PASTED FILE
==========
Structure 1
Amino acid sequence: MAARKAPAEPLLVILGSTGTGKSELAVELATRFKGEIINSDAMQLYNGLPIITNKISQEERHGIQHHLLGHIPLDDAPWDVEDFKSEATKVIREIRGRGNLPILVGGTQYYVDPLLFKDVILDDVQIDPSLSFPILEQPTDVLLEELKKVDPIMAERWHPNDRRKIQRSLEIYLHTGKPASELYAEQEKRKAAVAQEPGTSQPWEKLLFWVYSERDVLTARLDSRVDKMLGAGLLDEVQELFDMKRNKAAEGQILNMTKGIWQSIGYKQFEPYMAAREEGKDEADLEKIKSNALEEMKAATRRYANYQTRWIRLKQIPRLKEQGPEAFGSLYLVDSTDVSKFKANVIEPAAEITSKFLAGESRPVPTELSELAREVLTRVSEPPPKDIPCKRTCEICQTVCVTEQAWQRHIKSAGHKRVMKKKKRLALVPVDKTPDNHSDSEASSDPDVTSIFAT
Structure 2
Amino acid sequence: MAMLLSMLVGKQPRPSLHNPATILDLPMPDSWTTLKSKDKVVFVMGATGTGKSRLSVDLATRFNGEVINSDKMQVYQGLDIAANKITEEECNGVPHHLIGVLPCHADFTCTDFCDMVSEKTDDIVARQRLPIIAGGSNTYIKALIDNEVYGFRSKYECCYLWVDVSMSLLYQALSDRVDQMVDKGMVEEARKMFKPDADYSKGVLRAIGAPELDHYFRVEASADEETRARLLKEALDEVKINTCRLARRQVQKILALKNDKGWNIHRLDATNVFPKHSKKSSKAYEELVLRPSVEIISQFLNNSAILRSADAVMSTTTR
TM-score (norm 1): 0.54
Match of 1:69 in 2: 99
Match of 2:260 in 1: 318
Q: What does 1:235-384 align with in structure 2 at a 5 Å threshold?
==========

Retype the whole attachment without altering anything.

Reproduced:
Structure 1
Amino acid sequence: MAARKAPAEPLLVILGSTGTGKSELAVELATRFKGEIINSDAMQLYNGLPIITNKISQEERHGIQHHLLGHIPLDDAPWDVEDFKSEATKVIREIRGRGNLPILVGGTQYYVDPLLFKDVILDDVQIDPSLSFPILEQPTDVLLEELKKVDPIMAERWHPNDRRKIQRSLEIYLHTGKPASELYAEQEKRKAAVAQEPGTSQPWEKLLFWVYSERDVLTARLDSRVDKMLGAGLLDEVQELFDMKRNKAAEGQILNMTKGIWQSIGYKQFEPYMAAREEGKDEADLEKIKSNALEEMKAATRRYANYQTRWIRLKQIPRLKEQGPEAFGSLYLVDSTDVSKFKANVIEPAAEITSKFLAGESRPVPTELSELAREVLTRVSEPPPKDIPCKRTCEICQTVCVTEQAWQRHIKSAGHKRVMKKKKRLALVPVDKTPDNHSDSEASSDPDVTSIFAT
Structure 2
Amino acid sequence: MAMLLSMLVGKQPRPSLHNPATILDLPMPDSWTTLKSKDKVVFVMGATGTGKSRLSVDLATRFNGEVINSDKMQVYQGLDIAANKITEEECNGVPHHLIGVLPCHADFTCTDFCDMVSEKTDDIVARQRLPIIAGGSNTYIKALIDNEVYGFRSKYECCYLWVDVSMSLLYQALSDRVDQMVDKGMVEEARKMFKPDADYSKGVLRAIGAPELDHYFRVEASADEETRARLLKEALDEVKINTCRLARRQVQKILALKNDKGWNIHRLDATNVFPKHSKKSSKAYEELVLRPSVEIISQFLNNSAILRSADAVMSTTTR
TM-score (norm 1): 0.54
Match of 1:69 in 2: 99
Match of 2:260 in 1: 318
Q: What does 1:235-384 align with in structure 2 at a 5 Å threshold?